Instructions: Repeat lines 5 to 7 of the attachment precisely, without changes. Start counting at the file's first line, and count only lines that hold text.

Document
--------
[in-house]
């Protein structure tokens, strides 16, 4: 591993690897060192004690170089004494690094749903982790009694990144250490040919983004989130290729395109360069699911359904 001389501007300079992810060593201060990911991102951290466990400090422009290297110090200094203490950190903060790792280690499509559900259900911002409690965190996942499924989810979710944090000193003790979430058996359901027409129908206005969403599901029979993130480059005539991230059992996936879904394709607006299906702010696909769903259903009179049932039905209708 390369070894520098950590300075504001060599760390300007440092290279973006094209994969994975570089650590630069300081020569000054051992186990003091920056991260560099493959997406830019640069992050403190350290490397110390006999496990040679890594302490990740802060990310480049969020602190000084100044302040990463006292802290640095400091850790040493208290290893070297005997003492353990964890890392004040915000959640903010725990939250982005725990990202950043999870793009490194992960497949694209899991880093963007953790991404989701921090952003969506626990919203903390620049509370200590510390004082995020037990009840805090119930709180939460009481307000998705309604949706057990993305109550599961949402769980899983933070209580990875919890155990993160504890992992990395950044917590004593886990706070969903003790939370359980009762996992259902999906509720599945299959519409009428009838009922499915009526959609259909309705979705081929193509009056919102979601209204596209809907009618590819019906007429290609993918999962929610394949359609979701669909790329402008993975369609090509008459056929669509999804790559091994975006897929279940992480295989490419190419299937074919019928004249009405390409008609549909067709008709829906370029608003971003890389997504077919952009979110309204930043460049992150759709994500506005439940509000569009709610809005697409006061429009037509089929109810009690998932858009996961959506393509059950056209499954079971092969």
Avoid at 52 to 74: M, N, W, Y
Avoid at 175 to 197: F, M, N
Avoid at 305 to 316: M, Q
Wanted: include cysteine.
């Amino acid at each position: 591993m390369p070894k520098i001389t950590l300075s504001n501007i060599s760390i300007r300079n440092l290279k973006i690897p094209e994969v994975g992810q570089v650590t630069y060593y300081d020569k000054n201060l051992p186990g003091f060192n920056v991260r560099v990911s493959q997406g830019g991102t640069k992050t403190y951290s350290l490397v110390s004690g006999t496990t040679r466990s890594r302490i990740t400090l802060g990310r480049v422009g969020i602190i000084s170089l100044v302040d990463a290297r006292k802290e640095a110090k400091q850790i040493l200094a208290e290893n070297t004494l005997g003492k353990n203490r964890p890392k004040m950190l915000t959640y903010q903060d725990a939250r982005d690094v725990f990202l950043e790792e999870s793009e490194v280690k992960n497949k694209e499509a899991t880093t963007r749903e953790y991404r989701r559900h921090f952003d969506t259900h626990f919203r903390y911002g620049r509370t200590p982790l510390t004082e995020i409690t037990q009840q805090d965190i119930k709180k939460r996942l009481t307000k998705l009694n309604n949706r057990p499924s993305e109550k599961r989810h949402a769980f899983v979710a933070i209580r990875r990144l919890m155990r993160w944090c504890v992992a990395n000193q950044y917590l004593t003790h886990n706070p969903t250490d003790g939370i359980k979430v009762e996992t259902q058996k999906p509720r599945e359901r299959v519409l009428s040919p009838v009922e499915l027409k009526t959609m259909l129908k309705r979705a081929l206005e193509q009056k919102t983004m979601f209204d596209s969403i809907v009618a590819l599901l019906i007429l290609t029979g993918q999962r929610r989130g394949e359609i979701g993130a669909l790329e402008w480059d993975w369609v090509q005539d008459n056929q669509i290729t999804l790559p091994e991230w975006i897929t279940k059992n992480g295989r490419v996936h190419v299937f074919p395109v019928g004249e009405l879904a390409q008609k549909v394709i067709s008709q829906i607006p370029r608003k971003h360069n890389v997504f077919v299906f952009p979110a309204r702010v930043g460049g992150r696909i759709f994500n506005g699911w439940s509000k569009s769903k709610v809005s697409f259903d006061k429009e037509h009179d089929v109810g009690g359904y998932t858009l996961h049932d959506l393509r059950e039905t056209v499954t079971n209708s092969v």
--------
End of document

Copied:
Avoid at 305 to 316: M, Q
Wanted: include cysteine.
């Amino acid at each position: 591993m390369p070894k520098i001389t950590l300075s504001n501007i060599s760390i300007r300079n440092l290279k973006i690897p094209e994969v994975g992810q570089v650590t630069y060593y300081d020569k000054n201060l051992p186990g003091f060192n920056v991260r560099v990911s493959q997406g830019g991102t640069k992050t403190y951290s350290l490397v110390s004690g006999t496990t040679r466990s890594r302490i990740t400090l802060g990310r480049v422009g969020i602190i000084s170089l100044v302040d990463a290297r006292k802290e640095a110090k400091q850790i040493l200094a208290e290893n070297t004494l005997g003492k353990n203490r964890p890392k004040m950190l915000t959640y903010q903060d725990a939250r982005d690094v725990f990202l950043e790792e999870s793009e490194v280690k992960n497949k694209e499509a899991t880093t963007r749903e953790y991404r989701r559900h921090f952003d969506t259900h626990f919203r903390y911002g620049r509370t200590p982790l510390t004082e995020i409690t037990q009840q805090d965190i119930k709180k939460r996942l009481t307000k998705l009694n309604n949706r057990p499924s993305e109550k599961r989810h949402a769980f899983v979710a933070i209580r990875r990144l919890m155990r993160w944090c504890v992992a990395n000193q950044y917590l004593t003790h886990n706070p969903t250490d003790g939370i359980k979430v009762e996992t259902q058996k999906p509720r599945e359901r299959v519409l009428s040919p009838v009922e499915l027409k009526t959609m259909l129908k309705r979705a081929l206005e193509q009056k919102t983004m979601f209204d596209s969403i809907v009618a590819l599901l019906i007429l290609t029979g993918q999962r929610r989130g394949e359609i979701g993130a669909l790329e402008w480059d993975w369609v090509q005539d008459n056929q669509i290729t999804l790559p091994e991230w975006i897929t279940k059992n992480g295989r490419v996936h190419v299937f074919p395109v019928g004249e009405l879904a390409q008609k549909v394709i067709s008709q829906i607006p370029r608003k971003h360069n890389v997504f077919v299906f952009p979110a309204r702010v930043g460049g992150r696909i759709f994500n506005g699911w439940s509000k569009s769903k709610v809005s697409f259903d006061k429009e037509h009179d089929v109810g009690g359904y998932t858009l996961h049932d959506l393509r059950e039905t056209v499954t079971n209708s092969v």